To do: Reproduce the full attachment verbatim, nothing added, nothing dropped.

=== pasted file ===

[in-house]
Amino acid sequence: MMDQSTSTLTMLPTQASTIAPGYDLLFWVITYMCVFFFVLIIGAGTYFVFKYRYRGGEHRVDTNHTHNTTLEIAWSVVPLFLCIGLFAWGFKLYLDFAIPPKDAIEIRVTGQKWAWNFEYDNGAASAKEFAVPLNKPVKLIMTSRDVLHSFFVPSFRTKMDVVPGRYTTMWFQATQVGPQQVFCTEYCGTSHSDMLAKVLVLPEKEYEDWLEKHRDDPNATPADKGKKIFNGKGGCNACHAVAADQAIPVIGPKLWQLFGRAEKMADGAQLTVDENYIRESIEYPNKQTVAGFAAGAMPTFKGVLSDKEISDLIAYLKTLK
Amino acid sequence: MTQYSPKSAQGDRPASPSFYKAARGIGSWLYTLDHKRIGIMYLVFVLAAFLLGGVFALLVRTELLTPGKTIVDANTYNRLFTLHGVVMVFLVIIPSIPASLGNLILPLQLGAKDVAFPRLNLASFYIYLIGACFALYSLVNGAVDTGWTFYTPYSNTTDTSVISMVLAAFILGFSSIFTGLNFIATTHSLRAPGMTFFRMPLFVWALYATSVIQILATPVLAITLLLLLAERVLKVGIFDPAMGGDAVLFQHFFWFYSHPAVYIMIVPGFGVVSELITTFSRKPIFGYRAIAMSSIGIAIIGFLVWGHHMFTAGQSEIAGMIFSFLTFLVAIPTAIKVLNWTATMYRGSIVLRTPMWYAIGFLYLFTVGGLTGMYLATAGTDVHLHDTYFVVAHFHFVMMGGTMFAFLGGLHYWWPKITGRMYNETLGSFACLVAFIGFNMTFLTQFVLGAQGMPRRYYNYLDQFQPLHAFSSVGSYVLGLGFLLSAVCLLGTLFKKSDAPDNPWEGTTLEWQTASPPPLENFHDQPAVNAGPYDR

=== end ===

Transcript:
[in-house]
Amino acid sequence: MMDQSTSTLTMLPTQASTIAPGYDLLFWVITYMCVFFFVLIIGAGTYFVFKYRYRGGEHRVDTNHTHNTTLEIAWSVVPLFLCIGLFAWGFKLYLDFAIPPKDAIEIRVTGQKWAWNFEYDNGAASAKEFAVPLNKPVKLIMTSRDVLHSFFVPSFRTKMDVVPGRYTTMWFQATQVGPQQVFCTEYCGTSHSDMLAKVLVLPEKEYEDWLEKHRDDPNATPADKGKKIFNGKGGCNACHAVAADQAIPVIGPKLWQLFGRAEKMADGAQLTVDENYIRESIEYPNKQTVAGFAAGAMPTFKGVLSDKEISDLIAYLKTLK
Amino acid sequence: MTQYSPKSAQGDRPASPSFYKAARGIGSWLYTLDHKRIGIMYLVFVLAAFLLGGVFALLVRTELLTPGKTIVDANTYNRLFTLHGVVMVFLVIIPSIPASLGNLILPLQLGAKDVAFPRLNLASFYIYLIGACFALYSLVNGAVDTGWTFYTPYSNTTDTSVISMVLAAFILGFSSIFTGLNFIATTHSLRAPGMTFFRMPLFVWALYATSVIQILATPVLAITLLLLLAERVLKVGIFDPAMGGDAVLFQHFFWFYSHPAVYIMIVPGFGVVSELITTFSRKPIFGYRAIAMSSIGIAIIGFLVWGHHMFTAGQSEIAGMIFSFLTFLVAIPTAIKVLNWTATMYRGSIVLRTPMWYAIGFLYLFTVGGLTGMYLATAGTDVHLHDTYFVVAHFHFVMMGGTMFAFLGGLHYWWPKITGRMYNETLGSFACLVAFIGFNMTFLTQFVLGAQGMPRRYYNYLDQFQPLHAFSSVGSYVLGLGFLLSAVCLLGTLFKKSDAPDNPWEGTTLEWQTASPPPLENFHDQPAVNAGPYDR